Praxis Works Wave ring

In February, it was discovered that SRAM was moving to protect their X-Sync narrow wide patents. Court cases against three companies could be found online with one of those focusing on Praxis Works. While we’re not sure of the outcome of the case, one thing is clear – Praxis Works is no longer going to be offering narrow wide chainrings. Instead, they have partnered with MRP to help further the later brand’s Wave Tooth technology.

Instead of the typical narrow-wide tooth pattern, the Wave rings use the same shaped teeth that alternately push against the inner plates of the chain to obtain the same retention. MRP’s claim is that the design results in increased mud and debris removal since there is more room inside each plate. Praxis Works will be offering them in both Direct Mount and 104 BCD in addition to the rings MRP is currently offering…


Stamped and machined from 4.5mm thick 7075-T6 aluminum and hard anodized, the chainrings use either a standard 104 BCD bolt pattern or the SRAM 3 bolt style direct mount. 104 rings will be offered in 30, 32, 34, 36, and 38t with the 30t using threaded bolt holes which need a special 7.5mm M8 bolt. Direct mount rings will be available in 26-36t sizes, and in either 49 or 52mm chainlines. Both styles are meant for 10/11 speed Shimano/KMC/SRAM or 11 speed Shimano XX1 chains. Like MRP, Praxis Works recommends still using an upper guide for added security and requires the use of a clutch style rear derailleur.

Depending on the ring, pricing ranges from $50-75, and many of the sizes are in stock now.


  1. yard dog on

    Looks like less material in contact with the chain. half the retention capability compared to normal narrow/wide?

    • Ol'shel' on

      It should be the same amount as a non-narrow-wide ring. Each full tooth is offset. Yes, a narrow-wide would have more contact, though.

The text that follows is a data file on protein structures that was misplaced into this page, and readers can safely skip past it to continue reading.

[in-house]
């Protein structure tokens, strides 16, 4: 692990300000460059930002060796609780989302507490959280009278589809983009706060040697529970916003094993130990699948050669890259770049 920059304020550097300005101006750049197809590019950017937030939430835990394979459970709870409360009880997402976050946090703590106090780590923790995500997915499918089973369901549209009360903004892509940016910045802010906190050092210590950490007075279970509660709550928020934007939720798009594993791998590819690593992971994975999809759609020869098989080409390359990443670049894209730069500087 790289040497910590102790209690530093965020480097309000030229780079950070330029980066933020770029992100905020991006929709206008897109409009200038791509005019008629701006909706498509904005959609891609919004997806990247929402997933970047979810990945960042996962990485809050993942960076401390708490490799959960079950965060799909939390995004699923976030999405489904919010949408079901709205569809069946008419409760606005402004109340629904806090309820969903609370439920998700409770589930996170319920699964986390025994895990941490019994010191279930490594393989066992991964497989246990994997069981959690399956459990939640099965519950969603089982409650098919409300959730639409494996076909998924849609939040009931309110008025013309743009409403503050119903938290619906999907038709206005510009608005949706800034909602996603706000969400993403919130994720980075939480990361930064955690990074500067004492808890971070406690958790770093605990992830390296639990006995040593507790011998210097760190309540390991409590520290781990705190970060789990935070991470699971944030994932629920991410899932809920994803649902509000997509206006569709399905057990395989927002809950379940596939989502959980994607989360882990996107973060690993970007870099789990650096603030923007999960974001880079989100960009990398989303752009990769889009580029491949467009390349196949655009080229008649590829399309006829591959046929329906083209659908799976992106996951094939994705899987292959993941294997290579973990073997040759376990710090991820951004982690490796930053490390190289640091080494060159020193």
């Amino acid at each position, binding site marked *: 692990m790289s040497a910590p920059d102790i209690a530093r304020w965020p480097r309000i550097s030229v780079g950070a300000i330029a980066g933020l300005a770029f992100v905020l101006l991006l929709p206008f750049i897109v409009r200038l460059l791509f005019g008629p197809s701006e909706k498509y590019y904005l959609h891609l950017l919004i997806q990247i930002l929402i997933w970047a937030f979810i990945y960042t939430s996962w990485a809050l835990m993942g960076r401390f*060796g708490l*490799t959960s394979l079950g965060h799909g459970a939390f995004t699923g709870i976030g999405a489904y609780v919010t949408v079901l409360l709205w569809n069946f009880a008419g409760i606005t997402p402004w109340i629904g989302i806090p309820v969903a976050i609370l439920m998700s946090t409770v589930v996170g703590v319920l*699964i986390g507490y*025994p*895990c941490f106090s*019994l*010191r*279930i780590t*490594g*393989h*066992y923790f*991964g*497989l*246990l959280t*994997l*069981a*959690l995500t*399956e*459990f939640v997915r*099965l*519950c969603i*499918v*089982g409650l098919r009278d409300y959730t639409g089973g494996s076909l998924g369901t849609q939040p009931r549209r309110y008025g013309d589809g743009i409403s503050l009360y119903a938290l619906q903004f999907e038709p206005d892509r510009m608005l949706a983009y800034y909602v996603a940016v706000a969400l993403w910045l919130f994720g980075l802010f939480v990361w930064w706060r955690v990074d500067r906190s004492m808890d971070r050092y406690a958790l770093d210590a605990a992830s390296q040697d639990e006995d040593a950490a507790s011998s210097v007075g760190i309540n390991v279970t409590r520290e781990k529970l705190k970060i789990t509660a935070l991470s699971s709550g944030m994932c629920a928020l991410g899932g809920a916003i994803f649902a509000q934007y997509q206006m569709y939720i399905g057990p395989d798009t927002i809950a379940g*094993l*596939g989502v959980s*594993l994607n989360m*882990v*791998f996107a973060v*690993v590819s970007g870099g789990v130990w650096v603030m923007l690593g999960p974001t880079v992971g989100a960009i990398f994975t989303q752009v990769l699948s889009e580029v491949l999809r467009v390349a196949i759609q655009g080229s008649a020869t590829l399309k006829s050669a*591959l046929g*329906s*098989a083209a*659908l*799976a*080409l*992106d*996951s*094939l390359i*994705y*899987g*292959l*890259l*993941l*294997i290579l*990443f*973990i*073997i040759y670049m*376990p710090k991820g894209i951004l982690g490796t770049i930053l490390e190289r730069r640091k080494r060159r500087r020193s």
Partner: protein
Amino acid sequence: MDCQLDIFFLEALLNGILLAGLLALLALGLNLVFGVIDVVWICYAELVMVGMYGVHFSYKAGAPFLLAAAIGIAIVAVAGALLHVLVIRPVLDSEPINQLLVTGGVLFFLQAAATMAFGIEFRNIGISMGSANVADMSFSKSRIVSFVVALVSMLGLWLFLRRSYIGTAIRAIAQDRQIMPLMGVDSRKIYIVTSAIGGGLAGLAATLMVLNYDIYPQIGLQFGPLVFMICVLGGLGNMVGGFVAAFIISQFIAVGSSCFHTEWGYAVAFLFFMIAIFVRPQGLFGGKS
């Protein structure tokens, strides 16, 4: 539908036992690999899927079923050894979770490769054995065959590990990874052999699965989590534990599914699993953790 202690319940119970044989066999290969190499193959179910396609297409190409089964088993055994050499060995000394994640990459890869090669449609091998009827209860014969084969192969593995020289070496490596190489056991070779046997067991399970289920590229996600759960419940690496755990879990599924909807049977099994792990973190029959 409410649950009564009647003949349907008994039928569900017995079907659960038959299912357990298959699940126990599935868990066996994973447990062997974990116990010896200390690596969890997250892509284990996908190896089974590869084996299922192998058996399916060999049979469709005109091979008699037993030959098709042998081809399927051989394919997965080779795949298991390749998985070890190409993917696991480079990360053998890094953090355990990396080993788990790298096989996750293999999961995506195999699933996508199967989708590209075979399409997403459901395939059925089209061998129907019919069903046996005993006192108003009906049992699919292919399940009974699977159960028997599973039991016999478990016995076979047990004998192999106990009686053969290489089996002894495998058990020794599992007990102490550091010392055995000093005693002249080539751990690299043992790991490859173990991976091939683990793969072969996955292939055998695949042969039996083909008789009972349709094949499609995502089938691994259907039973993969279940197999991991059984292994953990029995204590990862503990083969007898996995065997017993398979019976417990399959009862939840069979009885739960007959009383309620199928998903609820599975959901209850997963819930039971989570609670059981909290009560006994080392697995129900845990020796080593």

2. r0b0tat0ms on

    Very interesting concept. I wonder if this design will magnify minor chainline issues that wouldn’t arise with a std/NW ring?

  3. Patrick on

    Very interesting. On paper, it seems like brilliant thinking. My one question would be about chain wear. Does Praxis expect this new design to impact the life of a chain? One would think the flexing might speed up the wear of the chain.

    • Groghunter on

      Speaking for myself, yes. Taking an existing concept(chainrings that mesh with the chain this way are NOT new, just new to bikes) & saying “but on bikes” is the same sort of bullsh*t that has patent trolls trying to claim they own the entire concept of a copier because they filed a shady patent application that included the words “on a computer,” & then trying to collect from small business(who can’t afford to go to court to get these patents invalidated.

      Patents must meet the requirements of being Novel, Non-obvious, & useful. Narrow-wide isn’t Novel, the patent never should have been granted, & bullying a small company like Praxis is despicable.

      • stiingya on

        disagree, SRAM put time, effort and money into developing the narrow-wide for bikes. Sure they might have taken an existing concept and made it work for mountainbikes. But that in itself was “novel” at the time. Praxis and others just copied that and started undercutting SRAM.

        If I were to take the idea of a clutch derailleur, and utilized it and took the time, effort and development money to make the blade on my chainsaw more efficient/cut faster and get a patent for it than I should be protected when taking that idea to market.

        That’s the point of the patent system. Nobody said it has to be a brand new never thought of idea…

        • i on

          you have the point of the patent system wrong.
          Sram (like Specialized) is a big company that can throw money at lawsuits. The point of the patent system is to protect big companies like Sram from small companies like Praxis, that can’t afford to defend. Notice how Sram aren’t going after, for example, Raceface? Wonder why? To use your example of clutch derailleurs, notice how the 2 biggest companies in the bike industry came out with very similar technology about the same time; surely that was patent-able tech, right? Yet neither sued.

          The US patent office issued patents for the wheel and fire. Patents are never, ever reviewed by anyone with any knowledge of the subject matter.

          • Dinger on

            Re: ” The point of the patent system is to protect big companies like Sram from small companies like Praxis, that can’t afford to defend.”

            The Patent system is to protect individuals and small entities from larger companies taking their work and using it for profit without threat of recourse. That it can be used the other way does not diminish it’s value to innovators who seek patents for their ideas.